Still Lashed to the mast of controversy

Drama paid the bills during Lashley's WWE stint, but similar distractions won't help his MMA career. Leon Halip/WireImage

Bobby Lashley was all set to take the next step in his MMA career, ready to test himself against the faded legend Ken Shamrock on the May 21 MMA/pro boxing card in Pensacola, Fla. The former college wrestler and WWE talent left Vince McMahon's world of sports entertainment for the MMA arena, where the contests' results are not preordained, because he wanted to again taste the flavor of undiluted competition. No scripts, no called finishes. Just the last, best man standing at the end of the night.

But if Lashley, 32, thought his MMA life would be free from beyond-the-ring drama (a regular element in his pro wrestling stint from fall 2005 to winter 2008), the events surrounding his second MMA bout have blown that belief sky-high.

Lashley was poised to move up in caliber from his inaugural tussle, a Dec. 12, 2008 fight against fellow first-timer Joshua Franklin. His next opponent: Shamrock, a UFC Hall of Famer and 45-year-old first-generation icon from way back when they used to call the sport "extreme fighting." Then word came down from on high -- the California State Athletic Commission -- that Shamrock had tested positive for three banned substances in his previous bout, a knockout win over Ross Clifton on Feb. 13 in Fresno.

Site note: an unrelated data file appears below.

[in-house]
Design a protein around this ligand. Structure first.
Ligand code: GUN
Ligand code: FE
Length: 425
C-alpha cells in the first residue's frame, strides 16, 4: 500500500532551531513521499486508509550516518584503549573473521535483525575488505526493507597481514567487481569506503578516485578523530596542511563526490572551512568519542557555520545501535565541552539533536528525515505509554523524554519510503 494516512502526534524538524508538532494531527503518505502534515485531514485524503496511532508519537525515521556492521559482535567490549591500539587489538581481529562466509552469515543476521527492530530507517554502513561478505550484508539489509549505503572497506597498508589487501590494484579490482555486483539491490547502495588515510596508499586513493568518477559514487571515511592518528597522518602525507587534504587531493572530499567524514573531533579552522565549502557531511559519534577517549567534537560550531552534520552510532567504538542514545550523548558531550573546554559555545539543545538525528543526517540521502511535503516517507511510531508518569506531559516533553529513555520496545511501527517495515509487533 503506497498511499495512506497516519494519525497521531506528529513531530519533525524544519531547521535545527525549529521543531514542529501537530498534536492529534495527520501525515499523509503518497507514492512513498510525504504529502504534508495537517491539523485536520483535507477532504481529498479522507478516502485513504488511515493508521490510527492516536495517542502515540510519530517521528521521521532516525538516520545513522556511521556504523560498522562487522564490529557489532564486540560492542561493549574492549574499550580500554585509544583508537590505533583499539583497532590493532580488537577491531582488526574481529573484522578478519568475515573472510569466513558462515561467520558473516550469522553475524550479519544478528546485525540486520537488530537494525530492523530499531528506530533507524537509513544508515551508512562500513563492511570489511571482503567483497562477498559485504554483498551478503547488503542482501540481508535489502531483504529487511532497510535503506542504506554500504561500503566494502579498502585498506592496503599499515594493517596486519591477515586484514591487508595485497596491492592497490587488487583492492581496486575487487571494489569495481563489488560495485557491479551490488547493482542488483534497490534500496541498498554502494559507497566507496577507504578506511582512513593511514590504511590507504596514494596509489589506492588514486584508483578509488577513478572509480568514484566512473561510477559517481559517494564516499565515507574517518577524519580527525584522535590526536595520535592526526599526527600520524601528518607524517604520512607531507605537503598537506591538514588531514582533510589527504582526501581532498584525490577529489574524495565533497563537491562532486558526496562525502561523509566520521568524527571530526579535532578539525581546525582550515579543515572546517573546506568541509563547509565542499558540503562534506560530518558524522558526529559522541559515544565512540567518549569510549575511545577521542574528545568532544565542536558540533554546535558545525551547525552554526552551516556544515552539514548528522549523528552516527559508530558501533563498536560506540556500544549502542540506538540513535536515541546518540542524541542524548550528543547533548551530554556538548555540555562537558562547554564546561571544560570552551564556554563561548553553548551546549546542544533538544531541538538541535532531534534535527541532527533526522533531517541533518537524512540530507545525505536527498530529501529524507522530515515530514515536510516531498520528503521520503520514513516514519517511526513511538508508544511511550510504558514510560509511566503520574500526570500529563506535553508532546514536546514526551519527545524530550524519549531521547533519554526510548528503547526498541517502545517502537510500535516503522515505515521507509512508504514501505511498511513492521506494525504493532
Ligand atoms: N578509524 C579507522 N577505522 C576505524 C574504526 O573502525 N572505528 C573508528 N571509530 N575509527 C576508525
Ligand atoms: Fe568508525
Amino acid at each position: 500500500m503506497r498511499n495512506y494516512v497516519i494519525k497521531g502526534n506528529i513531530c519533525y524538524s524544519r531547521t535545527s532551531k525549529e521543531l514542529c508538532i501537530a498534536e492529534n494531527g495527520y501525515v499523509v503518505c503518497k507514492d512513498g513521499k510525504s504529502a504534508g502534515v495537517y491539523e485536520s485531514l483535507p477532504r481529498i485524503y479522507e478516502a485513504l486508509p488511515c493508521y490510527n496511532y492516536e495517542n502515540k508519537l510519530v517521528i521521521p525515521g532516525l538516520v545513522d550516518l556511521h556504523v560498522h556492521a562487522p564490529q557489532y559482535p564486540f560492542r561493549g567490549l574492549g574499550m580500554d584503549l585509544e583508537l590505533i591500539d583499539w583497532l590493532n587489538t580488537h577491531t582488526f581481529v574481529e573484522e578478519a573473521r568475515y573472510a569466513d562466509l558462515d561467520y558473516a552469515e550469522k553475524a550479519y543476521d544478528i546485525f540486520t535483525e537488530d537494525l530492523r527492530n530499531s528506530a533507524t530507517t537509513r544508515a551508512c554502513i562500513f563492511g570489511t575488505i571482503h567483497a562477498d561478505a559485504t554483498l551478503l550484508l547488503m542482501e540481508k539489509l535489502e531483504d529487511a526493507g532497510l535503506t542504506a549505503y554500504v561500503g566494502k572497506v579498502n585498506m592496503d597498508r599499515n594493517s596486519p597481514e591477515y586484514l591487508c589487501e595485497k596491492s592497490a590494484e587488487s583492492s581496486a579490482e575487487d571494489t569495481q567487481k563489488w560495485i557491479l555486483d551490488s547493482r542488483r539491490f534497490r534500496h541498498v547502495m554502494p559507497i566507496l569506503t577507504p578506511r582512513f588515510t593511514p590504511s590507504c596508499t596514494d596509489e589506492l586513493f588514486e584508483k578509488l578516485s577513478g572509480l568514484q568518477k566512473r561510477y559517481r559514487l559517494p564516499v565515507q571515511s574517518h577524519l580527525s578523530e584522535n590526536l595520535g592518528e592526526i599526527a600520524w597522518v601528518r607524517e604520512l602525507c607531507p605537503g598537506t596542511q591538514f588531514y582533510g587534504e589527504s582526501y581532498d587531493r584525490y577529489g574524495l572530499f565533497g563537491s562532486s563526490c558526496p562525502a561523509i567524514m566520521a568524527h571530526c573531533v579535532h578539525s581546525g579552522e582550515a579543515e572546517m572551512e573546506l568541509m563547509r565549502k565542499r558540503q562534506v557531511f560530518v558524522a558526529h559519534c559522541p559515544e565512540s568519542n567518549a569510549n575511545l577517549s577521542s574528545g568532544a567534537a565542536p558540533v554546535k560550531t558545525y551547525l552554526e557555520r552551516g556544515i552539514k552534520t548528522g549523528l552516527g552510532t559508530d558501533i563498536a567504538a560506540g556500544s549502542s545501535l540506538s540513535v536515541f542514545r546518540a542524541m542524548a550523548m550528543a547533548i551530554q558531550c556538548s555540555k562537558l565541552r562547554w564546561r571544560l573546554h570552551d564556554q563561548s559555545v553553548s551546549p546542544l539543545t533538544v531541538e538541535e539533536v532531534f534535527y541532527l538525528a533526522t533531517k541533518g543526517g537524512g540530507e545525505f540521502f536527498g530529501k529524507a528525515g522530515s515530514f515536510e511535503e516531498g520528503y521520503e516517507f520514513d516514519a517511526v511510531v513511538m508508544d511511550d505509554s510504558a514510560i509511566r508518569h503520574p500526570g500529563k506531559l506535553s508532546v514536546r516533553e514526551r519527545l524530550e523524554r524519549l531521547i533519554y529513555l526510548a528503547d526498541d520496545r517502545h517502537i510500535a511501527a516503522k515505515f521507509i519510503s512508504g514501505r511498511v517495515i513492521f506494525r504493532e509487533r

The commission released word last Thursday that Shamrock's sample showed traces of one anabolic steroid, one steroid precursor and one testosterone metabolite. The fighter, who was 1-7 in his past seven outings, and had lost by KO in six of those matches, was suspended for one year by the commission and was scratched from the Lashley fight. He maintains his innocence, and will offer a defense in a hearing before the commission, which has not yet been scheduled.

But as with any circus, the show must go on. So a replacement for Shamrock has been found: heavyweight Jason Guida, 17-19 and winless in his past three matches.

The specter of the Shamrock positive will linger a bit over the fight, but Lashley told ESPN.com he's ready to show fans -- and prospective foes Brock Lesnar and Randy Couture -- that he's the real deal, and has more MMA chops than his record indicates.

The subject of steroids came up in interviews with Lashley and Shamrock, which were conducted before the news of the dirty specimen came out. Shamrock touched on the subject of illegal performance enhancers in the context of discussing a proposed bout with his brother Frank Shamrock. Last March, Frank stirred the pot -- with a radioactive ladle -- when he charged that Ken "did steroids his whole life." Ken fired back that Frank was full of it but let the matter drop quickly instead of working to compel his brother to retract that slanderous broadside.

Last week, Ken said he was tired of talking about a brother-versus-brother match and was just about ready to put the subject to rest. He told ESPN.com that the charge came about because Frank was looking for publicity.